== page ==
On Friday an astronaut on ISS controlled and steered a rover on Earth.


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On Friday an astronaut on ISS controlled and steered a rover on Earth.

While zipping around Earth several hundred miles above the planet’s surface, European Space Agency astronaut Luca Parmitano drove a 220-pound (100 kilograms) rover across a moon-mimicking landscape here at NASA’s Ames Research Center, even ordering the robot to deploy a simulated film-based radio telescope antenna.

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4 comments

  • Pzatchok

    I thought we already did this from planet to planet. You know, the mars rovers.

    Why is NASA wasting time and money trying to prove something they already know works?

  • This experiment was not quite the same as controlling a rover on Mars from JPL on Earth. Having an astronaut do it on ISS means the infrastructure the astronaut uses has to be much simpler than that on Earth, much more portable and lightweight so it can get to ISS. To achieve that is important engineering that must be learned.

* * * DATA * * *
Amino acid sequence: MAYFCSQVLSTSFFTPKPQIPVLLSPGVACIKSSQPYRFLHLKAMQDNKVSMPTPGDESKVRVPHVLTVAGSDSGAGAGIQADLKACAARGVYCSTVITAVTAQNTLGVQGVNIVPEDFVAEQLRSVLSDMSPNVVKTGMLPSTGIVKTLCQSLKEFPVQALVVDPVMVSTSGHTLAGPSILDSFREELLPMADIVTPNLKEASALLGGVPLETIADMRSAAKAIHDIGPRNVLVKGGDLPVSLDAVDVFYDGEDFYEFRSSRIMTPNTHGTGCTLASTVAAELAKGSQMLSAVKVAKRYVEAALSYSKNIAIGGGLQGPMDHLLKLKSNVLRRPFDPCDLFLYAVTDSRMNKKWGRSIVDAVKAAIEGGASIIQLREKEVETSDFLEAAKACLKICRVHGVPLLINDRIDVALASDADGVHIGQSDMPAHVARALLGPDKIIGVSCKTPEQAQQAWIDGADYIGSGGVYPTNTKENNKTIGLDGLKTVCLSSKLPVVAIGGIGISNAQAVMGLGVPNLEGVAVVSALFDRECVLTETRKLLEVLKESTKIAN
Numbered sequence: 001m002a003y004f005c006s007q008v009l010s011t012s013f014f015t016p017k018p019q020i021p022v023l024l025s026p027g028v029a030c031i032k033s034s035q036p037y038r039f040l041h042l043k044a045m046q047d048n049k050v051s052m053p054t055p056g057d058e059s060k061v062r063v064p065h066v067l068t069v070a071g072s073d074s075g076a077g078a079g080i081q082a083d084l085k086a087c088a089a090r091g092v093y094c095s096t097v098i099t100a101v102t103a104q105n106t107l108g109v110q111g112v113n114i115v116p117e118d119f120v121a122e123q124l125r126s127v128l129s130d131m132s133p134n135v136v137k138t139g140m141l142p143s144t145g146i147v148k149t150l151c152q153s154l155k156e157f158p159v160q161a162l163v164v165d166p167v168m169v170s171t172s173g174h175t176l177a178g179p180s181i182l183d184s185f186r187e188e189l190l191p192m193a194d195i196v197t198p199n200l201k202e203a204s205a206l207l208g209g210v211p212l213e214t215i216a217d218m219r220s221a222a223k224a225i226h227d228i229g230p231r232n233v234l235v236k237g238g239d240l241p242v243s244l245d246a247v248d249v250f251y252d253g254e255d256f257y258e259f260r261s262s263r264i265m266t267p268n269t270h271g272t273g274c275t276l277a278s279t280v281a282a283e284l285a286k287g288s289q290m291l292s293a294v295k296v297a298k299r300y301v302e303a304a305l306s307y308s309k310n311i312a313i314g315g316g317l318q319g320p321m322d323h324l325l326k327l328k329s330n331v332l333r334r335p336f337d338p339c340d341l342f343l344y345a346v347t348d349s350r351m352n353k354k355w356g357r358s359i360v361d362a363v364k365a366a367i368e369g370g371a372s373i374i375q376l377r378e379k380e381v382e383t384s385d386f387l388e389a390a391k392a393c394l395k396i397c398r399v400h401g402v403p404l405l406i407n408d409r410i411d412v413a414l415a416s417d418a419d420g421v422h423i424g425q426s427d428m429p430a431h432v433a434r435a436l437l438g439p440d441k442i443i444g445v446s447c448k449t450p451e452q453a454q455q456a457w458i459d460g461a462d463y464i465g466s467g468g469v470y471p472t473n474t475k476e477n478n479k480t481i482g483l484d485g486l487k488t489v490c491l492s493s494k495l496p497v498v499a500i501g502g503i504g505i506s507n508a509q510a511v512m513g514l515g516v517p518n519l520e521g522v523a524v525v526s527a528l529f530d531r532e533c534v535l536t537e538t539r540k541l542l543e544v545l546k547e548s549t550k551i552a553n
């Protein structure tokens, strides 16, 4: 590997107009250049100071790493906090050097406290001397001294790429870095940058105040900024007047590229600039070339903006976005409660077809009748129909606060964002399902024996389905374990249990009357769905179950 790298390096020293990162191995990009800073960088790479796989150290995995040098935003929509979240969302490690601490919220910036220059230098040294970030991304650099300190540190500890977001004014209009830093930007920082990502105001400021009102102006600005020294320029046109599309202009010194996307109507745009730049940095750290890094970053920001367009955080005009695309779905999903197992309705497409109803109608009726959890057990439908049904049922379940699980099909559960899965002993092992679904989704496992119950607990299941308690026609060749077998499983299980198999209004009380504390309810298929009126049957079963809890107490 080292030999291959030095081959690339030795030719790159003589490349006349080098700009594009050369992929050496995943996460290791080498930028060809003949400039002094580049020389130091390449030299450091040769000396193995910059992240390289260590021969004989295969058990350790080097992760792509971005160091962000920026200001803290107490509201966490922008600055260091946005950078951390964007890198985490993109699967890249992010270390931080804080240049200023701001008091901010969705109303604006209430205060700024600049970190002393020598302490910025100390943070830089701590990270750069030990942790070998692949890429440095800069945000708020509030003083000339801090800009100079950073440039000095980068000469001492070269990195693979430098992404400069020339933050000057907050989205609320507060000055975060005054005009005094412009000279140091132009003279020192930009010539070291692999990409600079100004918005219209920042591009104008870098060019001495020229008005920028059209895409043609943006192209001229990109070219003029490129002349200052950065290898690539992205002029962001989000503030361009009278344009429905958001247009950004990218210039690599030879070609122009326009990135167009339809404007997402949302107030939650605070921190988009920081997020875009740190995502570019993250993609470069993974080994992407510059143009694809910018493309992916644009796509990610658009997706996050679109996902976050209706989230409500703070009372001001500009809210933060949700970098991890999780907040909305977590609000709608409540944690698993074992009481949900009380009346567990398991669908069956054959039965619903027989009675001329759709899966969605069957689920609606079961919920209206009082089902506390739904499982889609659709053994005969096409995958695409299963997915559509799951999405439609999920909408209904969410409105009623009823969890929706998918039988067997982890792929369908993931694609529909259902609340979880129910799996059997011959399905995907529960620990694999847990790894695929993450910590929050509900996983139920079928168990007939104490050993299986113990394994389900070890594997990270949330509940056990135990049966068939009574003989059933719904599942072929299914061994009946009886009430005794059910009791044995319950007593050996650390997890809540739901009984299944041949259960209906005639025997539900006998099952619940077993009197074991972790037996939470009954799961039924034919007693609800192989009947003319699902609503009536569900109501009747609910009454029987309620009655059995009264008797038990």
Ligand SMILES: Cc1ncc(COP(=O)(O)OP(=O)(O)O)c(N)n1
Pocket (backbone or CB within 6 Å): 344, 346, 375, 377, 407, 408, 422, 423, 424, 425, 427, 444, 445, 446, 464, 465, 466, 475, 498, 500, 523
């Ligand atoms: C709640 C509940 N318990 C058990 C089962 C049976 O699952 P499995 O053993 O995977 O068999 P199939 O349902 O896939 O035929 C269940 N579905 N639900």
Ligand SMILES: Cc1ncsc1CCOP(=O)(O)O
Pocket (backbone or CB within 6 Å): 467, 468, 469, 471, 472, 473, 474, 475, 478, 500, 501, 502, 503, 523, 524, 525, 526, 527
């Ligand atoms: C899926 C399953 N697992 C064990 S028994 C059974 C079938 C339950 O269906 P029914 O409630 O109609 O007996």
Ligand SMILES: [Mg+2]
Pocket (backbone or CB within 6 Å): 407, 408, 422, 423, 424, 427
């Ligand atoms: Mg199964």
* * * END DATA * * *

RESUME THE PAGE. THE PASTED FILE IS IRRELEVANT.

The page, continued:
Thus, I wouldn’t dismiss this test as a waste.

  • Pzatchok

    So they built a full size rover and moon simulation test range just to test a new digital transceiver?

    They didn’t need the moon simulation area or the actual remote control car. They could have tested the radio by just monitoring its digital input/output.

    Everything else was off the shelf stuff used everyday all day.

    I can see testing the radio. But going through the extra expense of making full size operational mock-ups and running it around on a full size simulated moon is a bit over the top.
    Unless they already had the robot and moon mock-up sitting around unused then I retract my opinion.

    But so far all I see is a few engineers putting together a big test just to make their work look more important than it really is.

  • Robert Clark

    Purpose of this is to show astronauts in orbit above the Moon could control robots producing propellant on the Moon. But to transport that propellant up to orbit you would need landers/ascent vehicles. Then why not make those landers also able to carry a crew module?

    Bob Clark

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